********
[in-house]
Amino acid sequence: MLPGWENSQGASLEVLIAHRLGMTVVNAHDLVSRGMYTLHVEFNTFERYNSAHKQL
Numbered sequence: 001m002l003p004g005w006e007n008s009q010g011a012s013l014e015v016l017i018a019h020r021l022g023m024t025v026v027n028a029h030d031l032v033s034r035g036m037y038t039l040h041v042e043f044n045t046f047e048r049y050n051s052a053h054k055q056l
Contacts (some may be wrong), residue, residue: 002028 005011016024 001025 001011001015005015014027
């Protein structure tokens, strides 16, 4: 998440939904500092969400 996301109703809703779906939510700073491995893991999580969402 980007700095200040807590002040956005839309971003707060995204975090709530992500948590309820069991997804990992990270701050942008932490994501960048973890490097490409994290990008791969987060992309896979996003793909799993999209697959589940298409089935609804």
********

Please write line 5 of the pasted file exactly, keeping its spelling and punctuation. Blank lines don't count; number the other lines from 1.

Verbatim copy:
């Protein structure tokens, strides 16, 4: 998440939904500092969400 996301109703809703779906939510700073491995893991999580969402 980007700095200040807590002040956005839309971003707060995204975090709530992500948590309820069991997804990992990270701050942008932490994501960048973890490097490409994290990008791969987060992309896979996003793909799993999209697959589940298409089935609804």